Wednesday, January 21, 2009

Jason goes to Berlin and Beyond--day 3

Okay, I'm several days and 10 films behind. Works been busy, but I've still been going to Berlin and Beyond every day. Saturday I just saw two movies, and here we go.

First up was the documentary La Paloma about the song of the same name. "La Paloma" is an incredibly popular song by the Spaniard Sebastián de Iradier, and this movie is about its history and its fans. It's unclear whether Iradier wrote it in Spain or in Cuba, but it was inspired by his visit to Cuba and its popularity definitely took off there. From there, it swept the world, first becoming a political anthem in Mexico after Emperor Maximilian let it be known that it was his favorite song (and it was then adopted and modified by his enemies). With the lyrics modified, the tune is still used politically today in Mexico. It travelled to Hawaii (along with the guitar) with the Mexican ranch hands brought in from California by King Kamehameha III to handle their wild herds of cattle (originally a gift to Kamehameha I from Captain Vancouver). But back to the song--it's been recorded possibly thousands of times (arguably a record), including by Elvis. And of course it was translated to German (otherwise it wouldn't make much sense that it's in Berlin and Beyond--other than it was produced in Germany and director Sigrid Faltin is German). It's very popular in Germany, and one of the most famous recordings is by Hans Alber in Große Freiheit Nr. 7. Honestly, I had heard the song before but didn't know it was such a big deal before seeing this movie. But beyond the specific song, it's an interesting story about how a small cultural icon travels the world (at least, before the Internet. Now memes travel worldwide overnight, and there's no epic story behind them).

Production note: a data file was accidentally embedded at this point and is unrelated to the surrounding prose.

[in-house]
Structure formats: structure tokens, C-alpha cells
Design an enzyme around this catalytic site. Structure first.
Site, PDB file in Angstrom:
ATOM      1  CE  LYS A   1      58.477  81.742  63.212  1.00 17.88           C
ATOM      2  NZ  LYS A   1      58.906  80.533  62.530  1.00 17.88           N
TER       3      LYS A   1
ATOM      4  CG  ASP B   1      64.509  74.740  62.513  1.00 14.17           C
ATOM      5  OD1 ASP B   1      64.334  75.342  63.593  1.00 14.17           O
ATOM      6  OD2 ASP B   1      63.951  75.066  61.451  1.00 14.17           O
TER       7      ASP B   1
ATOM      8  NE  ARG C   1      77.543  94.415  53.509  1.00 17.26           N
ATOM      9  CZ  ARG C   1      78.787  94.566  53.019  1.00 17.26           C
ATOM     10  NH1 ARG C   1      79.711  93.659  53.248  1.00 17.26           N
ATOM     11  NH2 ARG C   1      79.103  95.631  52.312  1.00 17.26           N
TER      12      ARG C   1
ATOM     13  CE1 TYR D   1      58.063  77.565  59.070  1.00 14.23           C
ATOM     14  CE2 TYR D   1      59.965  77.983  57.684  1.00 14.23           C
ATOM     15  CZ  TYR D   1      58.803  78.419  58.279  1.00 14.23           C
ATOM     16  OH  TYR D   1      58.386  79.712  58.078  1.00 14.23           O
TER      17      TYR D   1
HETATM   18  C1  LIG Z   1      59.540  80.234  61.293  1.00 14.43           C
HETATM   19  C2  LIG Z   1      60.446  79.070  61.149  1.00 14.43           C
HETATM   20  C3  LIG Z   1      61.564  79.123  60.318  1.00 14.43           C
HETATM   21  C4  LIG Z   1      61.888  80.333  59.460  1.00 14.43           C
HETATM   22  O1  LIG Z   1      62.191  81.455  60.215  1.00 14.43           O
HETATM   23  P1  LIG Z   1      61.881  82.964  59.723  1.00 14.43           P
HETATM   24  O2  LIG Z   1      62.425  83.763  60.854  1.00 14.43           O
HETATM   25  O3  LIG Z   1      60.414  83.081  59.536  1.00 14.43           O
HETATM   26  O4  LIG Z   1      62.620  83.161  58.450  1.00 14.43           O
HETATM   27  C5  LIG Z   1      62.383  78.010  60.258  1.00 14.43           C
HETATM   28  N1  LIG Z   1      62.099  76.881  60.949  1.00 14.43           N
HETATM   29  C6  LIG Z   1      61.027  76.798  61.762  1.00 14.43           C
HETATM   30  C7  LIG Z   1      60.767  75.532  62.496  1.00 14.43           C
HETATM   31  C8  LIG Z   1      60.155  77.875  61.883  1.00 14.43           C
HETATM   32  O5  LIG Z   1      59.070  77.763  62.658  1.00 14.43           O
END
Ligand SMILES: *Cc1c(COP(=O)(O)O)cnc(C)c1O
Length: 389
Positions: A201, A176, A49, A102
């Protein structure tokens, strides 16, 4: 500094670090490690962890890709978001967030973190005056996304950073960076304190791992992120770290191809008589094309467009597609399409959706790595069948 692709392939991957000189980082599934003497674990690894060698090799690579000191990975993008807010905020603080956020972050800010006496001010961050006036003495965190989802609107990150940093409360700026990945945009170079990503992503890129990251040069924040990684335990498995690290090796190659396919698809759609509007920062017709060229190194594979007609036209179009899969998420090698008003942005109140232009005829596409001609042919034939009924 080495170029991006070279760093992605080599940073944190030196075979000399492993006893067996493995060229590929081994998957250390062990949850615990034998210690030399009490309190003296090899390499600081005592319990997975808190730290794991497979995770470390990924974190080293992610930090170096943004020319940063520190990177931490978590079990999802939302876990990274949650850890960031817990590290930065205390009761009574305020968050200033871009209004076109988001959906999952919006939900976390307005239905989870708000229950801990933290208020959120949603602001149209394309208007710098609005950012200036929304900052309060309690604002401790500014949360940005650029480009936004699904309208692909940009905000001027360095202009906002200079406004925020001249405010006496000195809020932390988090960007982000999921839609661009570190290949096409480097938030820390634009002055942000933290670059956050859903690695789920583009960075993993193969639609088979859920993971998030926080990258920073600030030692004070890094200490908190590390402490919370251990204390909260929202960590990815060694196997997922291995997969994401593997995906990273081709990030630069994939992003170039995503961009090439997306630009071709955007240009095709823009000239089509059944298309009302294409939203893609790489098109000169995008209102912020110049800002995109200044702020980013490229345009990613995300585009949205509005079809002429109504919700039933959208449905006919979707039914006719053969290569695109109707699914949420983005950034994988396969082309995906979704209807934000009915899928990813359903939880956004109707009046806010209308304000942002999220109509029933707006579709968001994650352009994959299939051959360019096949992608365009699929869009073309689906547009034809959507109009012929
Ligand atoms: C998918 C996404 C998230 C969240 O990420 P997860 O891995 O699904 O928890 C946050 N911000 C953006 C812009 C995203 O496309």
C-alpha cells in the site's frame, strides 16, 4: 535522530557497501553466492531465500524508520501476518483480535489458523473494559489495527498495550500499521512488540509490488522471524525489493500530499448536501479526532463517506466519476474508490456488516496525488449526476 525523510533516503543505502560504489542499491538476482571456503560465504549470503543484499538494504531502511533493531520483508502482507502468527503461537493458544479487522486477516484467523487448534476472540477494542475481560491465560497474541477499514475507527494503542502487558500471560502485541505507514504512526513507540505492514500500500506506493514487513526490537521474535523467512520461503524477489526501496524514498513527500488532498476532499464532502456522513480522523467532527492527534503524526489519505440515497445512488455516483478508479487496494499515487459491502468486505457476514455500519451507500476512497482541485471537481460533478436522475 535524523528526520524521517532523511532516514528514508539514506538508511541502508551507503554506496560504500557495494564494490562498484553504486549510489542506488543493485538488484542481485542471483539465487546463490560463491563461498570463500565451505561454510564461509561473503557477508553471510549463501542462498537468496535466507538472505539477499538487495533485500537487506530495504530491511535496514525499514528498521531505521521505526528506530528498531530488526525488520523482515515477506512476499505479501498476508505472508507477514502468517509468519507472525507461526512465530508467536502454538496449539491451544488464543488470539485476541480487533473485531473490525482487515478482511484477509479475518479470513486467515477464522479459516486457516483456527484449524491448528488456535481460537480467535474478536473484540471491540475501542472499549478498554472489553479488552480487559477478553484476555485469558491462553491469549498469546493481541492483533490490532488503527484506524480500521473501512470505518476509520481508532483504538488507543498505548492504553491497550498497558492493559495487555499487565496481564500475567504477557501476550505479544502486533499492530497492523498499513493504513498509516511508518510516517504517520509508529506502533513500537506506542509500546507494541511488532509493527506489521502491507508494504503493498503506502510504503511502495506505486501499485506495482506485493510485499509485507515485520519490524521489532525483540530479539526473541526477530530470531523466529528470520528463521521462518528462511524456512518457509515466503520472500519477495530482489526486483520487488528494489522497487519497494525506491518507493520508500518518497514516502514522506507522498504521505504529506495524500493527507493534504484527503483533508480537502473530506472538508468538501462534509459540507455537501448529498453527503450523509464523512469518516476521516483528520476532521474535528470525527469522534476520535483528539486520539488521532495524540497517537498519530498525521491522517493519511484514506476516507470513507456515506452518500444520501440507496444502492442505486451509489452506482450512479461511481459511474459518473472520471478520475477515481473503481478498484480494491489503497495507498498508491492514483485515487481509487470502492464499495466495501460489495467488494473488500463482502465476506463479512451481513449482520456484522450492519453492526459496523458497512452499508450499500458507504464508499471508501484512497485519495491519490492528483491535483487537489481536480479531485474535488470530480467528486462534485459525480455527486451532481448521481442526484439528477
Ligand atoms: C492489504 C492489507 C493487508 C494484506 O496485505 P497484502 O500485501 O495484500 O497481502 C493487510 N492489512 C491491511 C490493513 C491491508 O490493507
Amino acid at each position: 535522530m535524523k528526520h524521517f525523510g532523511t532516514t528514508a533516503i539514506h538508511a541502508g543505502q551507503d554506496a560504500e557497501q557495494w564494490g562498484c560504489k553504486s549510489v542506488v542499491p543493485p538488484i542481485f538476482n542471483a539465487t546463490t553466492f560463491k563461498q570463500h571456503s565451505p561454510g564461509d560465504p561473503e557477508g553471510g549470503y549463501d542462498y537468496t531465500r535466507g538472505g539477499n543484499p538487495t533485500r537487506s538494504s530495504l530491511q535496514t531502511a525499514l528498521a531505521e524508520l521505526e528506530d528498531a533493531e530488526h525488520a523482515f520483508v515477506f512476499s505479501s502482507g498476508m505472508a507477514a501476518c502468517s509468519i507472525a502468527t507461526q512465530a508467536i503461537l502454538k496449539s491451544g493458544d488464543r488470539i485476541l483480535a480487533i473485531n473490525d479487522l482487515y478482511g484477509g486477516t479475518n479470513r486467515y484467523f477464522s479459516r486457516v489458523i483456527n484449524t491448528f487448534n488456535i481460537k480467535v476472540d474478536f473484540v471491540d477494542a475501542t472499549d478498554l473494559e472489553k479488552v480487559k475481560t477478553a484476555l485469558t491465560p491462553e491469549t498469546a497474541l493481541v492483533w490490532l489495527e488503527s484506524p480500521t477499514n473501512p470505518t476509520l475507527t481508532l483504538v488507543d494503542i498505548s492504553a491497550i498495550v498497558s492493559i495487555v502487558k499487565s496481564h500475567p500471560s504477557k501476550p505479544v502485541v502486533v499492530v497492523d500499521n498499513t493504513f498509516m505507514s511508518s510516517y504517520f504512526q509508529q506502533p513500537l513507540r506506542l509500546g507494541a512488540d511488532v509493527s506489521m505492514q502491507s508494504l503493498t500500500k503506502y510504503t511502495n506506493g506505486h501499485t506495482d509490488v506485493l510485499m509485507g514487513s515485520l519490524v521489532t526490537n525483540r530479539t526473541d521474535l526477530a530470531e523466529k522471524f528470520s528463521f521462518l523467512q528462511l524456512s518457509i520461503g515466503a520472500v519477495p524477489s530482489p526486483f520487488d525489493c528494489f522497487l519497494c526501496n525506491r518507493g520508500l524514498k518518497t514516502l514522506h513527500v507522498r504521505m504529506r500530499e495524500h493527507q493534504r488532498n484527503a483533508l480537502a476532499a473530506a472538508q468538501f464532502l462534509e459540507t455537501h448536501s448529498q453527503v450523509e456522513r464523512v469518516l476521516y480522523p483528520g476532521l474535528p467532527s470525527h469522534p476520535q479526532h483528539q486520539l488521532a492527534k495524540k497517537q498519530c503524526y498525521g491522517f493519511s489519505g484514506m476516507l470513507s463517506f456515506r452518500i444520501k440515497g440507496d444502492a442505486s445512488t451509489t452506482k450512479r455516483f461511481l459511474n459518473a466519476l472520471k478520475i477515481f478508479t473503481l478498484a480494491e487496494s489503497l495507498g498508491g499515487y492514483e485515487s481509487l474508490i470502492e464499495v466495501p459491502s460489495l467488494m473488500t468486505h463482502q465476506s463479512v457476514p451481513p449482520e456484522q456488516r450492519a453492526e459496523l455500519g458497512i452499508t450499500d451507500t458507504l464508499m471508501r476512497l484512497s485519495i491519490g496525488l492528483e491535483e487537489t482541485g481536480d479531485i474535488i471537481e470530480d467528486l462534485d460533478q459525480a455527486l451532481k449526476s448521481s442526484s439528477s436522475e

So next up was a romantic drama of wartime Germany, The Invention of Curried Sausage. It's near the end of the war, the Allies are approaching Berlin, or at least bombing it on a regular basis. A few citizens are still very gung-ho to promote the party line, but the heroes in this movie just want it to end. Particularly Lena Bruecker, manager of a local commissary, and for all intents and purposes a widow. Her husband and her son are off in the war, and she never expects to see either. To pass the time, she goes to the cinema. No sooner than the newsreel starts than the bombs fall, and she finds herself huddling in a shelter with Petty Officer Bremer, who's off on leave. But after she takes him home, that leave quickly becomes AWOL, as she hides him in her apartment while they carry on a love affair. They survive the war, and they survive the nosy neighbors (and the gung-ho Nazi landlord). But really, it's the peace, and return to reality that threatens their love, which is a pretty interesting (and in retrospect, kind of obvious) turnabout on the expected "love in wartime" dynamic. It's a well made, well told story with tension and humor--I have to give big praise to the cook (I believe the character's name was Holzinger), who provided the best subversive humor in the movie.
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